Making flavouring extracts is supposed to be insanely easy, yet I’ve just
wasted experimented with 2 bottles of vodka making mint extract recently.
It all started out well enough – I read a few blogs, gathered my ingredients and got about infusing my vodka. It’s easy stuff in theory, bruise a whole lot of fresh mint leaves to release those delightful oils, pack into a jar and fill up with vodka to infuse. Screw on the lid, store in a dark place and give it a gentle shake or inversion every now and then. After a few weeks, voila! Mint extract!
In fact there’s lots of bloggers out there who are enjoying their homemade mint extract right now (read these instructionals from Mommypotamus, The Prairie Homestead, Whole Natural Life, Healthy Green Kitchen and Crafting a Green World to see what inspired me to try this homemade mint extract). But I’m not one of them. It didn’t work for me. All I’ve got is a whole heap of frustration… and store-bought mint extract.
I didn’t half-arse this homemade mint extract – it took four attempts before I finally threw in the towel. So what happened in each attempt to make it such a failure?
Problems of the first two attempts:
- Leaves above surface of vodka wilted, browned and rotted within 2 days. Ick.
- Used a little plastic baggie filled with water to keep leaves under the vodka. Seemed to be going okay for a few days but a couple of weeks mixture turned into a black/green sludge and smelled only mildly minty (but mostly like rotted, fruity water). GAG. Just look at that image below – this mint extract legitimately looks like pond water; it somewhat smells like it too!
Problems of the last two attempts:
- Followed this instructional that recommended only infusing mint leaves in the vodka for two days so it doesn’t go ‘black and bitter’. Yay, the leaves didn’t spoil! But BOO, no minty smell or taste in the extract.
- Decided to keep the extract longer and try out the advice here to persevere even if mixture going brown or black, then after a few weeks to put strained liquid in freezer to split oil/water off vodka. Nope. Smells and tastes sour and hardly minty at all.
I’m calling it, this is a complete fail. I give up.
At least I’m not the only one feeling let down, as Isn’t Everything In The Kitchen A Trial And Error also felt they couldn’t get the process to work. I’m reading everywhere how easy this process is but, honestly, I don’t really know definitively what’s going on here.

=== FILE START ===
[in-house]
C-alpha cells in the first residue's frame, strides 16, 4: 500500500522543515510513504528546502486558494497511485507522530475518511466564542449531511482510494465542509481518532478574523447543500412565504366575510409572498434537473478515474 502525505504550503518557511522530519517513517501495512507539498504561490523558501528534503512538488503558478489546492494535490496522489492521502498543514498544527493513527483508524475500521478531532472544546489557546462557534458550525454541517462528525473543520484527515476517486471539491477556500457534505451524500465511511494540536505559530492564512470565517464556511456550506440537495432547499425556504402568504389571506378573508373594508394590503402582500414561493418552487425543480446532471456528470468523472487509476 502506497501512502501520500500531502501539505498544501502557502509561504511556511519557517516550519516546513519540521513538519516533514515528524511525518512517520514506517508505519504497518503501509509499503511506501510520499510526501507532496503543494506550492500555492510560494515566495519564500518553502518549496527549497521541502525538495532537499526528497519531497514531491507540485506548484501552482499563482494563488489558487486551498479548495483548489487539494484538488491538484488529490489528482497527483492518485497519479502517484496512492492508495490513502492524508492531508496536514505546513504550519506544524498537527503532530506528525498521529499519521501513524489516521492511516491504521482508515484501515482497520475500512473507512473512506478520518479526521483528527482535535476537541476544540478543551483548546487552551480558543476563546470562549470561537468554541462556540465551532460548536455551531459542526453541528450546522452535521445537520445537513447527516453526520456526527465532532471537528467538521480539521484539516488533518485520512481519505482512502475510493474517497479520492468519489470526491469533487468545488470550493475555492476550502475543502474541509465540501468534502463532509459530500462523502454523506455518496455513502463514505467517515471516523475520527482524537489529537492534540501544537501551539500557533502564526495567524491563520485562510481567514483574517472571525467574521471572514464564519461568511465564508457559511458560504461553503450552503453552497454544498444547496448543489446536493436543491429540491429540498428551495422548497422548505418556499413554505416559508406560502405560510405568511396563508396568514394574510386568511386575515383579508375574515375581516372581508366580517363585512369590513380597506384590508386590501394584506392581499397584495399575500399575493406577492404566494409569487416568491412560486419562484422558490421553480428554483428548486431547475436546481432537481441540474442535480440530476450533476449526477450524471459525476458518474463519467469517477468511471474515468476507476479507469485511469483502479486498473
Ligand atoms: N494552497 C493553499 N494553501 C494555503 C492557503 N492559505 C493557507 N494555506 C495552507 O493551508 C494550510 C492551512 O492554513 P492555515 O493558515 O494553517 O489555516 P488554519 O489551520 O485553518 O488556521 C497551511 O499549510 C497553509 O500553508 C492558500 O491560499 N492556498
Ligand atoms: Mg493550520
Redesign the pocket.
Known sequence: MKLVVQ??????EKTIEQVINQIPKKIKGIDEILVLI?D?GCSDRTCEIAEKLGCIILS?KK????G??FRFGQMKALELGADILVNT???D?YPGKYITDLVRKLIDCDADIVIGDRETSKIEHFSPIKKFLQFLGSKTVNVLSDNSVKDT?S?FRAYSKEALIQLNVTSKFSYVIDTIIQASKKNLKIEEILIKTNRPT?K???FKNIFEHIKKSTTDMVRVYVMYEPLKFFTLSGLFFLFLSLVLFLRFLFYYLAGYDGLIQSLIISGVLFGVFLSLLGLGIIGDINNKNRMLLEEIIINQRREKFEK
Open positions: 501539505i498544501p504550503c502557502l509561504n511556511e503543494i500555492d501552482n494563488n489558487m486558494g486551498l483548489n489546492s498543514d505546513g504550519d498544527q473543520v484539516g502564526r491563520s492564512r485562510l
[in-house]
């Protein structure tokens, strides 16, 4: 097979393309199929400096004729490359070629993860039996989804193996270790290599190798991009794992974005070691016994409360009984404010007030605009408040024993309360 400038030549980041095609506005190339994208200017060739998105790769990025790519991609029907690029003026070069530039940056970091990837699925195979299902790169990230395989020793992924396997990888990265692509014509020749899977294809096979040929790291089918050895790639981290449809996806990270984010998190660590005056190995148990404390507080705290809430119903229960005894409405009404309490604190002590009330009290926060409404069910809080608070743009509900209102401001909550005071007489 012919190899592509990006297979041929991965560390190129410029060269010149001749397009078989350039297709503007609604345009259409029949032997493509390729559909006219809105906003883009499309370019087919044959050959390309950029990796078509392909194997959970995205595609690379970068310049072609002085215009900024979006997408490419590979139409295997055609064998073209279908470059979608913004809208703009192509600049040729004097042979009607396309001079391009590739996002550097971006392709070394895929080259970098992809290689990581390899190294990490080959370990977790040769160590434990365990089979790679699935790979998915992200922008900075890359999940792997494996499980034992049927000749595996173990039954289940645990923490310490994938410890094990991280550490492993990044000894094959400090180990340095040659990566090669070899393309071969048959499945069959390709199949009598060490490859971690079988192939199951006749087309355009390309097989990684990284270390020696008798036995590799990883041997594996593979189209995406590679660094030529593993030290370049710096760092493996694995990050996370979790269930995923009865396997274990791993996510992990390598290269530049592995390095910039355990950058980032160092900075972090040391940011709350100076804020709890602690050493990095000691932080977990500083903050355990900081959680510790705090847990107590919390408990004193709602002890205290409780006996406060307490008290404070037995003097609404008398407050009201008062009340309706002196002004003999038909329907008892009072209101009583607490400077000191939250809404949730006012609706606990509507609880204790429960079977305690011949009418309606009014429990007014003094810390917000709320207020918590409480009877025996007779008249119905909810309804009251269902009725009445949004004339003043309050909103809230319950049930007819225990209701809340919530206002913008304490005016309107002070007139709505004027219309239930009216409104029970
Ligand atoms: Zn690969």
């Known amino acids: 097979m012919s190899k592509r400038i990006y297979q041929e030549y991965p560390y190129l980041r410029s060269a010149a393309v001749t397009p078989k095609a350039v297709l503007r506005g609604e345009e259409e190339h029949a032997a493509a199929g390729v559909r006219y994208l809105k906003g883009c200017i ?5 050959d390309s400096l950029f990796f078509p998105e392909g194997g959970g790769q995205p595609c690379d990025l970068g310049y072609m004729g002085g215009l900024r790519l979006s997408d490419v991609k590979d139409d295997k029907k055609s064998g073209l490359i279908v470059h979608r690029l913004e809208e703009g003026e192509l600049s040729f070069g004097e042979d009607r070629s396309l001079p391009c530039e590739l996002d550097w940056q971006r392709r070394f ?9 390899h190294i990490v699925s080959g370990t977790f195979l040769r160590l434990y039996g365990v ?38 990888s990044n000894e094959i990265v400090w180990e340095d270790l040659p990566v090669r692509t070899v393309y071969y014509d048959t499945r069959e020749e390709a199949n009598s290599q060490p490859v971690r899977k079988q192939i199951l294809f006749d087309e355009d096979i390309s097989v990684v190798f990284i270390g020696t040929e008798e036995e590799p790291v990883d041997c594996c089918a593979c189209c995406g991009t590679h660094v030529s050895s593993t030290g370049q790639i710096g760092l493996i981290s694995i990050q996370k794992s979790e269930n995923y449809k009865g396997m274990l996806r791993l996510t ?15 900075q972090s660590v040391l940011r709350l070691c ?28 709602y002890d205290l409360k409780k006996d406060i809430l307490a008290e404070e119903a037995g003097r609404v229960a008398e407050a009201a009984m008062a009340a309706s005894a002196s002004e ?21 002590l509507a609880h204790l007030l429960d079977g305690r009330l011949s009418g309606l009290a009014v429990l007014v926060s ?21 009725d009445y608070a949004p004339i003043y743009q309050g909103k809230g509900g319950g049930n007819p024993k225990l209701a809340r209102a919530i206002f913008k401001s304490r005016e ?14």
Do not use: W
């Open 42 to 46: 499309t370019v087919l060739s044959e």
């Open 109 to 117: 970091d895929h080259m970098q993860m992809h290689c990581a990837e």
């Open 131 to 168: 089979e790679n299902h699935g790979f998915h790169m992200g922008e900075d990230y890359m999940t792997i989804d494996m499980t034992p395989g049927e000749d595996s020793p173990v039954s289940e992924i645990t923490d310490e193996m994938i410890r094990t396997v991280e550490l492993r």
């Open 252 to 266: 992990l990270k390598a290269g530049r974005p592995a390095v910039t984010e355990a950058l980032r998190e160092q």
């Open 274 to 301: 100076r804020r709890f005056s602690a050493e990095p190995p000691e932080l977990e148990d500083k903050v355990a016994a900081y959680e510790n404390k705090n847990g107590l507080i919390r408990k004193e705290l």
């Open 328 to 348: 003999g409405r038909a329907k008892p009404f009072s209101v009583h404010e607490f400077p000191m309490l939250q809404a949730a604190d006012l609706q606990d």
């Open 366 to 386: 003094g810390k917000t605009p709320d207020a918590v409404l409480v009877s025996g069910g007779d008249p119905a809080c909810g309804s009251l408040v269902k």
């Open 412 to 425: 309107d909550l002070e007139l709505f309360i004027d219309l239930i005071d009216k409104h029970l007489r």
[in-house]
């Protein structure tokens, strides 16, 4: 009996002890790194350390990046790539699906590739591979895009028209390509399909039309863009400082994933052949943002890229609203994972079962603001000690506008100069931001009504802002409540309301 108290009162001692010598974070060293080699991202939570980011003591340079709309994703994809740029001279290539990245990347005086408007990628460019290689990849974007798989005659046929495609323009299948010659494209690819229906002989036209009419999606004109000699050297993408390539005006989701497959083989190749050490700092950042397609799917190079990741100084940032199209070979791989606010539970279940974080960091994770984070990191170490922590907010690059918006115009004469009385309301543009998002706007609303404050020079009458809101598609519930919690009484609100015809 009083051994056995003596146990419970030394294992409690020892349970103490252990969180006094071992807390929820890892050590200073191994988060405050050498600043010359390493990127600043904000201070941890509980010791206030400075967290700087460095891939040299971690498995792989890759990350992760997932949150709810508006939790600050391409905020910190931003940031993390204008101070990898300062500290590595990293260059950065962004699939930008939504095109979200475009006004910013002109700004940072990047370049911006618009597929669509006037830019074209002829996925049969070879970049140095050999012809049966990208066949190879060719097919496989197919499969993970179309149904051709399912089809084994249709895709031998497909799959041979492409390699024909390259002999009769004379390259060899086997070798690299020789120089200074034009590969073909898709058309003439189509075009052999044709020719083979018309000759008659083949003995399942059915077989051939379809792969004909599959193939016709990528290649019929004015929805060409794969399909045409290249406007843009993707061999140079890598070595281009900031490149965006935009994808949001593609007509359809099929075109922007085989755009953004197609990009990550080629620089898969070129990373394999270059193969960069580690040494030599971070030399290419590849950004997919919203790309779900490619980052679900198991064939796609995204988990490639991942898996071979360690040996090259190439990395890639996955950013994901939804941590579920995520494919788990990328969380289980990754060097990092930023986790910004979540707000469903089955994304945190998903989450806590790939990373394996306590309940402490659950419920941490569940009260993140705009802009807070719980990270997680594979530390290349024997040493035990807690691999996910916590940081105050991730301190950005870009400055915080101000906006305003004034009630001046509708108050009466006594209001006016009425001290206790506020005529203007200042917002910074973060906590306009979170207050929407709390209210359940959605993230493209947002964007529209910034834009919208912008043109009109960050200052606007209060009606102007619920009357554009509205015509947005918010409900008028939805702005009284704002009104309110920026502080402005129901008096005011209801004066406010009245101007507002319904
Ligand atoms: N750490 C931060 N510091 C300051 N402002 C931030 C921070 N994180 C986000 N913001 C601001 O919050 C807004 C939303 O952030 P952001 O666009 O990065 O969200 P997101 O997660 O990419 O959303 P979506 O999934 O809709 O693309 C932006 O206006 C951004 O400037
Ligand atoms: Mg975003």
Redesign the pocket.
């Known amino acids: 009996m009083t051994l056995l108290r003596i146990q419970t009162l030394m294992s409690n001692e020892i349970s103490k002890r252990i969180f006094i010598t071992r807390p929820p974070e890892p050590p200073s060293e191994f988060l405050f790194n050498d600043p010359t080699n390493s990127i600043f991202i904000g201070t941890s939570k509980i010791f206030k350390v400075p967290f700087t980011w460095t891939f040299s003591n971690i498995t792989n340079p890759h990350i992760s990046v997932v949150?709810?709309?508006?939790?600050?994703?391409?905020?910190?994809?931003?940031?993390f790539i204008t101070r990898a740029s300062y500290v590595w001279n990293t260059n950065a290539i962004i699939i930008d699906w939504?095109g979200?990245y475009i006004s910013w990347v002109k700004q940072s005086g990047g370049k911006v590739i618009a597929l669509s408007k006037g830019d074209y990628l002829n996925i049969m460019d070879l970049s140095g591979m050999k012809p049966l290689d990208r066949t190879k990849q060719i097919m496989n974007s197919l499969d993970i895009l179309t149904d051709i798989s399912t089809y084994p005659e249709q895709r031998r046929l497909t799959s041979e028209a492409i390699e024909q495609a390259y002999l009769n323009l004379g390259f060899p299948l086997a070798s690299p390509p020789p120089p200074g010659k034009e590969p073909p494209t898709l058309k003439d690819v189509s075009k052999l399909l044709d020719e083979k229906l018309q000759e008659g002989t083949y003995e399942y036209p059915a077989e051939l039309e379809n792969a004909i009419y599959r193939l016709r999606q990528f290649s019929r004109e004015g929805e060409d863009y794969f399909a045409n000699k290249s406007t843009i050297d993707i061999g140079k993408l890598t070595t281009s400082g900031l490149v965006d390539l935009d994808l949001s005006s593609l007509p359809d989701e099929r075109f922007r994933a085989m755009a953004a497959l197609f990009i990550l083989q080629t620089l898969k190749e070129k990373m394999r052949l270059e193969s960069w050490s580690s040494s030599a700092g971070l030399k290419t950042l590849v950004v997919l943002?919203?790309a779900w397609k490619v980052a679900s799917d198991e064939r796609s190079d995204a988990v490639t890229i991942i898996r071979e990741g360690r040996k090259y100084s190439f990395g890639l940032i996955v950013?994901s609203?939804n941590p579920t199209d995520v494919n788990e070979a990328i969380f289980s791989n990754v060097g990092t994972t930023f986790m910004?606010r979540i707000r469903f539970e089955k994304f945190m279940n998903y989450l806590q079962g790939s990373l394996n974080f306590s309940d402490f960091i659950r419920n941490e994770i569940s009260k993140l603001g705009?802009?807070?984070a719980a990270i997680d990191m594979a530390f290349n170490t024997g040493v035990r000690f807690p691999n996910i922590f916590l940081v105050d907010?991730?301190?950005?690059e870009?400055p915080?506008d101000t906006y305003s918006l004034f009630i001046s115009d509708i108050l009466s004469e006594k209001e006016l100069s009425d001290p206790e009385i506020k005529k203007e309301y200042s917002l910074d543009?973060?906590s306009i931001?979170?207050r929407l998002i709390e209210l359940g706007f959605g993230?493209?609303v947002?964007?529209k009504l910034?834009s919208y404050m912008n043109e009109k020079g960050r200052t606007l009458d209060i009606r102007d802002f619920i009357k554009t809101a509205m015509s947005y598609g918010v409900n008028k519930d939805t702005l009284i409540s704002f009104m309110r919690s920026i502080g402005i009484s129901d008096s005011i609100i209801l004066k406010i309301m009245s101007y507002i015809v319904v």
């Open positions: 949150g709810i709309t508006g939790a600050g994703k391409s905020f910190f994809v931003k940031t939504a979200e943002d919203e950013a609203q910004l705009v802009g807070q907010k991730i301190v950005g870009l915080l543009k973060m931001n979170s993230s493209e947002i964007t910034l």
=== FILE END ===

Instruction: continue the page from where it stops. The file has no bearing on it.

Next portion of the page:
Some potential problems I read about include:
- Mint leaves not being aromatic enough – These bunches were from Kam’s work and they smell like you’re being punched in the face with mint!
- Mint leaves not dry enough – This one could have been an issue as I washed my mint thoroughly to remove any grit, then spot checked for any discoloured or damaged areas and removed. After that the leaves were spun in a salad spinner and patted with paper towel to dry (for the first attempt), or dehydrated lightly until just dry (for the subsequent attempts).
- Not leaving it to infuse long enough / infusing for too long – I saw recommendations from 2 days to 2 months listed, though none of my attempts within this time range seemed to work.
- Using cheap quality vodka – I think we may have hit the nail on the head! I bought the cheapest vodka I could find for this recipe ($32 700ml/bottle) at the time,and the alcohol level is only 37.5%. I shouldn’t have cheaped out though, as in the end I wasted two whole bottles for a totally unusable extract. Next time I’ll splurge out for the good stuff, as you need at least 80 proof, like The Herbal Spoon recommends!
- The weather being too hot in my location – While most instructions for homemade mint extract stated that it should be done at room temp in a dark spot (or some in the sunshine…. noooo!), I found a comment that on a blog post that suggested doing the process in the fridge. While it would definitely take longer, the process would also reduce the amount of spoilage of the leaves themselves. This one piques my interest and I may do a follow up to explore this (while also using much better quality vodka!).